People in Brazil, seemingly confused, have started to kill monkeys thinking they are spreading the monkeypox virus, RadarOnline.com has learned.
But it’s just in a name.
The reason the monkeypox virus is so named is because it was first identified in a group of monkeys in Denmark.
That namesake association is now costing monkeys lives. In Sao Jose do Rio Preto, a Brazilian city in the state of Sao Paulo, police are investigating the poisoning of at least 10 monkeys, seven of whom died. There have been three confirmed cases of monkeypox in Sao Jose do Rito Preto.
Elsewhere in the South American country, there have been reports of people throwing stones at monkeys.
"What people need to know very clearly is the transmission we are seeing is happening between humans," said WHO spokesperson Margaret Harris during an Aug. 9 press conference in Geneva, according to the Daily Mail. "The concern should be about where it's transmitting in the human population and what humans can do to protect themselves from getting it and transmitting it. They should certainly not be attacking any animals."
"The monkeypox virus is in a number of different animals,” she added. “It's much more commonly in various rodents.”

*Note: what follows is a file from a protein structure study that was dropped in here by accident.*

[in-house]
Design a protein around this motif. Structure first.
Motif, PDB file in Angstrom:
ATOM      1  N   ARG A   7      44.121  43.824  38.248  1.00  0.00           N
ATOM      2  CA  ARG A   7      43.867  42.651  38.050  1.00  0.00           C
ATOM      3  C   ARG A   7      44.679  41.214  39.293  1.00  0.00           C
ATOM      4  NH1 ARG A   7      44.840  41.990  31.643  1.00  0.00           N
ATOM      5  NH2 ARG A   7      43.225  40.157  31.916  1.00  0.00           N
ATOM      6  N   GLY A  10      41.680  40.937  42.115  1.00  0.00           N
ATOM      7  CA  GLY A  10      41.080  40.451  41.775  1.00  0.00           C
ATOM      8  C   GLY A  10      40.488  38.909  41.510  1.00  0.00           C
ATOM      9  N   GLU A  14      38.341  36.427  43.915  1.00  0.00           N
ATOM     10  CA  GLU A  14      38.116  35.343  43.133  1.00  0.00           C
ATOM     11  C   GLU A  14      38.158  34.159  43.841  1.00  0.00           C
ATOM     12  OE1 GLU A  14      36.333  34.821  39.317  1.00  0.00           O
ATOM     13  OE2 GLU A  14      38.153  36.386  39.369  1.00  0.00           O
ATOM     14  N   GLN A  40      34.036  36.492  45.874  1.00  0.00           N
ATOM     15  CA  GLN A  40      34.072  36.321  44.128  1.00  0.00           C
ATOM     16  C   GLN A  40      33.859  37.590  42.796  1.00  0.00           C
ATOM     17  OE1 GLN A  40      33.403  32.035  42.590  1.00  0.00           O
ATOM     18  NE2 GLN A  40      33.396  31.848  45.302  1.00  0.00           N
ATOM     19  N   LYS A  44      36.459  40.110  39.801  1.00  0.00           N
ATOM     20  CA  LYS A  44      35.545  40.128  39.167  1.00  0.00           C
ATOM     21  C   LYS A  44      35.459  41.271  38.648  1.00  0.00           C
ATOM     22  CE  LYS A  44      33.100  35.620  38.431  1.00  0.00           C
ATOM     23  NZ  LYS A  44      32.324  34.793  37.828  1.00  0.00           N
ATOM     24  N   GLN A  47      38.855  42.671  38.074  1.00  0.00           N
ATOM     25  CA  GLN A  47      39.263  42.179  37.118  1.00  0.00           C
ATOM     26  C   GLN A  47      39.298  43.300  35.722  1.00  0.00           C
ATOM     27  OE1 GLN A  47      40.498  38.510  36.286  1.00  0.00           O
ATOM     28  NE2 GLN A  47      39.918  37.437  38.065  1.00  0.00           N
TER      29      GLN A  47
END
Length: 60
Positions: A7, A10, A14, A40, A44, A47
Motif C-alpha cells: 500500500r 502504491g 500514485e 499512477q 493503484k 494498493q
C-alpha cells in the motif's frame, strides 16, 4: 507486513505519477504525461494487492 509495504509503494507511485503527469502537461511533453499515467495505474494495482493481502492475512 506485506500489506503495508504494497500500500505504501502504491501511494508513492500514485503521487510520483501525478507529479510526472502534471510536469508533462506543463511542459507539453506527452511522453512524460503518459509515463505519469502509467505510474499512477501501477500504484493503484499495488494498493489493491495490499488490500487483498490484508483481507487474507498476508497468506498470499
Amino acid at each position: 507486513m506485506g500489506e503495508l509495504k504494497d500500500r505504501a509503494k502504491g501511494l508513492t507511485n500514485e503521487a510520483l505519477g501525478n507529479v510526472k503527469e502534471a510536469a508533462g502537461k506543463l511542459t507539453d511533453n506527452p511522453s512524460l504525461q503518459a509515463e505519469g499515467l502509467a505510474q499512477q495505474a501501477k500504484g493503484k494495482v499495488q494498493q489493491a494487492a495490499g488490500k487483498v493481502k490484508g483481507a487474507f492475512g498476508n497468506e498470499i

Brazilians previously attacked monkeys during an outbreak of yellow fever. Locally, Lt. Fábio Leme of the Brazilian Environmental Police is similarly trying to educate the public about the fact that capuchin monkeys are not the transmitters of monkeypox.
The Environmental Police rescued eight monkeys. The animals were taken to a local zoo, but five died. So far, the substance being used to poising the animals has not been identified, according to the Latin Post.
According to the latest CDC data, Brazil has recorded 2,131 confirmed cases of monkeypox. That total places it at sixth on the worldwide list, behind the United States, Spain, Germany, the United Kingdom and France.